-Has 5-6 techniques per paragraph that assist your points of discussion (which must have a reasonable level of sophistication) in providing an integrated, engaging and flowing treatment of your thesis throughout the response.
-3-4 integrated quotes per paragraph that help achieve the above.
-Is eloquent, articulate and flows nicely.
-Has appropriate vocabulary.

Now, the text in red is what, in my opinion, really separates the 13s from the 15s. Answering the question and backing up your thesis with reasonably sustained discussion will get you a 13, yes (not answering the question will get you an 8, at most), but for a 15, your essay has to SOUND NICE. It has to be a pleasure to read. It must not be verbose, clunky or wordy. It has to be clean, concise, packed and smooth - reading it must provide the poor marker in the stuffed marking centre with a breath of fresh air. This is immensely difficult to achieve, keeping in mind that you MUST fulfil ALL the above points that I listed to even be in the race of getting full marks.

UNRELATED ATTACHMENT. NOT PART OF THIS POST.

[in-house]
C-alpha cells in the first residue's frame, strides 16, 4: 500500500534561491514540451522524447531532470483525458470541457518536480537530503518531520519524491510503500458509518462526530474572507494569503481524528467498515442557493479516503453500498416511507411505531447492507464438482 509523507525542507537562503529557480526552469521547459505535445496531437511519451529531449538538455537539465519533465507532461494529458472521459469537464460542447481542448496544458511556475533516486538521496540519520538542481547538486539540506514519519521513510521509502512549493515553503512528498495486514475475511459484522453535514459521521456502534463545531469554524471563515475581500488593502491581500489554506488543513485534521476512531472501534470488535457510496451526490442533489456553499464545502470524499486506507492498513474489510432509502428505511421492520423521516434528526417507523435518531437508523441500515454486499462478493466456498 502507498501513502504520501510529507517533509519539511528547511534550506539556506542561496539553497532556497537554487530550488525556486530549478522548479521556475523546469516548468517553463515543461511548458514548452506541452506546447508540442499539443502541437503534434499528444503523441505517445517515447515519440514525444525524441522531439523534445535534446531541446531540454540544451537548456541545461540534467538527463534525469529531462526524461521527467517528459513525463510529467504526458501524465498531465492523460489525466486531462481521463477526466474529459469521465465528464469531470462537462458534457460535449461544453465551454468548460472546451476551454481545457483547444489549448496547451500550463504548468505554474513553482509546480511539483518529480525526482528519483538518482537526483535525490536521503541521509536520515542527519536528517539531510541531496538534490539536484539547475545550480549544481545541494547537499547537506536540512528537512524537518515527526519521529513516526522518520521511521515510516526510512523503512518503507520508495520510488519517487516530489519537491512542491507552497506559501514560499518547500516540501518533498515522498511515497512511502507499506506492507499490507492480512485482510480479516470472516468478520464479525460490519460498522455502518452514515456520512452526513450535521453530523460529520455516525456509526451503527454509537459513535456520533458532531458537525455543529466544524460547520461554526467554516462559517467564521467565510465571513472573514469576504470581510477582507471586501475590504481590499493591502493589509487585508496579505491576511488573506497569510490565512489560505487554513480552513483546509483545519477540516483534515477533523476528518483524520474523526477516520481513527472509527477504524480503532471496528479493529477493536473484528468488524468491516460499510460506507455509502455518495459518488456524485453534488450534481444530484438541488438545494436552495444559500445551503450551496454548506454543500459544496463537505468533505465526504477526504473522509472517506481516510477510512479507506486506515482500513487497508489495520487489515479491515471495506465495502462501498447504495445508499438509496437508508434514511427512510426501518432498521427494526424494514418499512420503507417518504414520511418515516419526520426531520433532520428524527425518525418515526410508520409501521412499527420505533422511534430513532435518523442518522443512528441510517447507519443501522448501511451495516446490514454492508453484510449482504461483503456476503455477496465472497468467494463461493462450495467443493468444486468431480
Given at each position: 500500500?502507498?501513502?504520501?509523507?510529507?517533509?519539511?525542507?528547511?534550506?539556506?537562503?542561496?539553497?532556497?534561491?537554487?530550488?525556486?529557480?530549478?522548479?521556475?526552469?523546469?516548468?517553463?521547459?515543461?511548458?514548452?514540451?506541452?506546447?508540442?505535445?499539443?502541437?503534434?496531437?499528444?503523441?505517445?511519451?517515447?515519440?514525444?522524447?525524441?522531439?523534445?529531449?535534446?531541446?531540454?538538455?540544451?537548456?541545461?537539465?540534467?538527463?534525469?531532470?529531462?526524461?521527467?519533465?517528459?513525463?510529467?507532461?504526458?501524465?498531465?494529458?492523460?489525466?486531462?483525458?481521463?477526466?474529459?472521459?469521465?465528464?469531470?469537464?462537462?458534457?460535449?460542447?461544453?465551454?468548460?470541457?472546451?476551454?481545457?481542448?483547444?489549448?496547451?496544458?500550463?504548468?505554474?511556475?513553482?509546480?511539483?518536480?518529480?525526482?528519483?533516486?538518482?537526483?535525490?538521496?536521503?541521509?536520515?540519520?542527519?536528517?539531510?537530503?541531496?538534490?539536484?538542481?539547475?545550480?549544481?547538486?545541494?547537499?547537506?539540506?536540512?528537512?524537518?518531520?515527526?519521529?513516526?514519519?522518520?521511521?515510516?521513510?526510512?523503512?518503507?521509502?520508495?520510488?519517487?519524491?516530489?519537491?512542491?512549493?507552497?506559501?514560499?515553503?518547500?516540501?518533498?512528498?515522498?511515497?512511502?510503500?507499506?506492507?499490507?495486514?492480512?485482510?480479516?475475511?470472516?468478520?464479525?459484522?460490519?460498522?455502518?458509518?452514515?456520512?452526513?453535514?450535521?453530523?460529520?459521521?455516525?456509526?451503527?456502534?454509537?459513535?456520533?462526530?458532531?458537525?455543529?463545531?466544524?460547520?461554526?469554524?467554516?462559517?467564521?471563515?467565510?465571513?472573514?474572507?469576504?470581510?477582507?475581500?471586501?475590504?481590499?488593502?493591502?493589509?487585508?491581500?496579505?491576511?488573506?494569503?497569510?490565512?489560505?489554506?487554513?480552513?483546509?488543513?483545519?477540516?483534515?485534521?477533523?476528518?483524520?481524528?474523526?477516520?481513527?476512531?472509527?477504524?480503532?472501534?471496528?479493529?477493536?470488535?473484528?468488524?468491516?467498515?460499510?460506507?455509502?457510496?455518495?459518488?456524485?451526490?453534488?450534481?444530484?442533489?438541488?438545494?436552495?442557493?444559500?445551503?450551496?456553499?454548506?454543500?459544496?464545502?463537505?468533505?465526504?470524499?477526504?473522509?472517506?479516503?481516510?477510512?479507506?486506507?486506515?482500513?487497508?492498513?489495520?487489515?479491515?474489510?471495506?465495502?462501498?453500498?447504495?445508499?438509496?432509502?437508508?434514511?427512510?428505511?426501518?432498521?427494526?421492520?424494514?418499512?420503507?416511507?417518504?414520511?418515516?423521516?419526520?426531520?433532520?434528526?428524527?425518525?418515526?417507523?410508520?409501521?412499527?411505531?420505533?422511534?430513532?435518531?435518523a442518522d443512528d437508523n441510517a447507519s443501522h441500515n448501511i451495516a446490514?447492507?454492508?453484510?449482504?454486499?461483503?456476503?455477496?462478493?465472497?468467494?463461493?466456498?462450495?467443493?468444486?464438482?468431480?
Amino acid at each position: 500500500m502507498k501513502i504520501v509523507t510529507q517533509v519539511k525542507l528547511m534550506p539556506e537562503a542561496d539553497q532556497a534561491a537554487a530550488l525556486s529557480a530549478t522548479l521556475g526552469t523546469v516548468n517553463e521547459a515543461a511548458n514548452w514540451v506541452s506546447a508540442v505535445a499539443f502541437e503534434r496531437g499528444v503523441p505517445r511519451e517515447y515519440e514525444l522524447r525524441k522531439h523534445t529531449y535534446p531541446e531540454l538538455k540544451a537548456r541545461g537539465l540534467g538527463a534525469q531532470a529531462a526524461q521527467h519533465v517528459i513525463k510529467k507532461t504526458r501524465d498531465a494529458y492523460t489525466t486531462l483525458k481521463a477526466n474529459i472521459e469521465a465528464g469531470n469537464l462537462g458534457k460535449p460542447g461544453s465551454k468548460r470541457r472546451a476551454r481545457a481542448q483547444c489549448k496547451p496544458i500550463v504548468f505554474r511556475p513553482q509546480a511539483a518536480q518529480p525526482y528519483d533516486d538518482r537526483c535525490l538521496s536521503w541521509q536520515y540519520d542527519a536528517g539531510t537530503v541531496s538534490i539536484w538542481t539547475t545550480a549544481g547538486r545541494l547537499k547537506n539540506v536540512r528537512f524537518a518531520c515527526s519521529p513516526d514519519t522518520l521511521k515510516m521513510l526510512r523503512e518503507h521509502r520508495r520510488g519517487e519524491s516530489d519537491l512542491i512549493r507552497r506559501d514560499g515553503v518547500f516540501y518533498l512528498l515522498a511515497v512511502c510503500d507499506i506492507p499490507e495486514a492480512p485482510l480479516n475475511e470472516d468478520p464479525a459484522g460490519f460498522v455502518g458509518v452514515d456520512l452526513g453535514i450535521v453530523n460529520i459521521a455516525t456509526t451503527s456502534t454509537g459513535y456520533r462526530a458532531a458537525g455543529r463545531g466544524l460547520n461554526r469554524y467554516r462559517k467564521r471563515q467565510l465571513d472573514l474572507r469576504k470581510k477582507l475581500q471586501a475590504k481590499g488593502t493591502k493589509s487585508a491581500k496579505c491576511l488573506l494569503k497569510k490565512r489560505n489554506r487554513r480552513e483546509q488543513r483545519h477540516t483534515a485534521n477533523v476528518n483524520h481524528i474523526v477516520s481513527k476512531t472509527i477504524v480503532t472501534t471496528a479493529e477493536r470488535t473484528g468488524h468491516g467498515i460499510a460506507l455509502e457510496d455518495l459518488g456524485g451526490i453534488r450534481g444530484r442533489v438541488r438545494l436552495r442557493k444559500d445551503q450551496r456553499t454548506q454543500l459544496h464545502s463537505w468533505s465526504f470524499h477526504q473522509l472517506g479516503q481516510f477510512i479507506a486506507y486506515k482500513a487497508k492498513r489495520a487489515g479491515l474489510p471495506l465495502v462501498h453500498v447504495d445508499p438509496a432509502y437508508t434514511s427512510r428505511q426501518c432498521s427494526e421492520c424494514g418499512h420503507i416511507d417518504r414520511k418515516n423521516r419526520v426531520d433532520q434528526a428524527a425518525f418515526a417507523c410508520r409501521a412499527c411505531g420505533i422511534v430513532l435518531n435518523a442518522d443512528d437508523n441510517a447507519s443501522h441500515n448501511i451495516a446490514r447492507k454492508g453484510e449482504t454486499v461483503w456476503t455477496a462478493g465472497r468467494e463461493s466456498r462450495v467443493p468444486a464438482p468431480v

Now try doing all that in 40 minutes, with nothing in your head but a bunch of quotes whilst sitting one of the most important examinations in your life. I know I couldn't pull it off. In fact it took me 12-15 drafts, each one involving me getting up at 4:30 am with a hot cup of coffee, to achieve to a point where I was satisfied with the way my essay sounded and flowed.

Don't get me wrong, there are those who can. Blue Suede (a member on this forum) seems to be the type of person capable of doing this. Full credit and respect to her. But unfortunately the vast majority can't. All the 99.95s I know memmed essays, and we did it for a reason: it works.